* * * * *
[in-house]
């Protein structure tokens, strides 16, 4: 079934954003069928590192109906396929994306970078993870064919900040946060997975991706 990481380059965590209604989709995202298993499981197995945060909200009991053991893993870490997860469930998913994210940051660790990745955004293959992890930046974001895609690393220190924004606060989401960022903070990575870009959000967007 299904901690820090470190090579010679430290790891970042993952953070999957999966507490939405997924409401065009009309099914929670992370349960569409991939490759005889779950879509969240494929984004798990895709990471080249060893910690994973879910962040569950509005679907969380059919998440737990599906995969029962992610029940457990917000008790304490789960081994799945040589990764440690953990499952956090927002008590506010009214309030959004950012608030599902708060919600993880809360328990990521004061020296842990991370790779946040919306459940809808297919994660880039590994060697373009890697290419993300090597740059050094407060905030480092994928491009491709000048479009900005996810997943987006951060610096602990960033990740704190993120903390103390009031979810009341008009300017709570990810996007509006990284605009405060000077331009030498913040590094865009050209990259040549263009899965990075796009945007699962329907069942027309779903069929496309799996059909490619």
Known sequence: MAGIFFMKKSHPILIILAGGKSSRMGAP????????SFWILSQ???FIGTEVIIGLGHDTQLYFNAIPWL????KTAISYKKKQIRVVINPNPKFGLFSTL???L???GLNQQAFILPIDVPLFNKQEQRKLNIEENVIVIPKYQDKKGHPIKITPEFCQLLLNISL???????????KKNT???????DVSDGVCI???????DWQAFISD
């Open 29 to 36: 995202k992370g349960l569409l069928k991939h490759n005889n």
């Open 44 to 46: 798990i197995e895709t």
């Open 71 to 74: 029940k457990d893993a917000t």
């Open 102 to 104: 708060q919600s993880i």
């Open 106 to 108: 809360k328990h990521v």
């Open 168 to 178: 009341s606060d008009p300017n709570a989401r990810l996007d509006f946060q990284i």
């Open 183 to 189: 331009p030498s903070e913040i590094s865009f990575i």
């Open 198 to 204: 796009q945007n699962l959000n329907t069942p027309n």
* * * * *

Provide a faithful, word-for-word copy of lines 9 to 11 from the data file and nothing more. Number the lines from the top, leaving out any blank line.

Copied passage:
């Open 168 to 178: 009341s606060d008009p300017n709570a989401r990810l996007d509006f946060q990284i």
């Open 183 to 189: 331009p030498s903070e913040i590094s865009f990575i």
């Open 198 to 204: 796009q945007n699962l959000n329907t069942p027309n």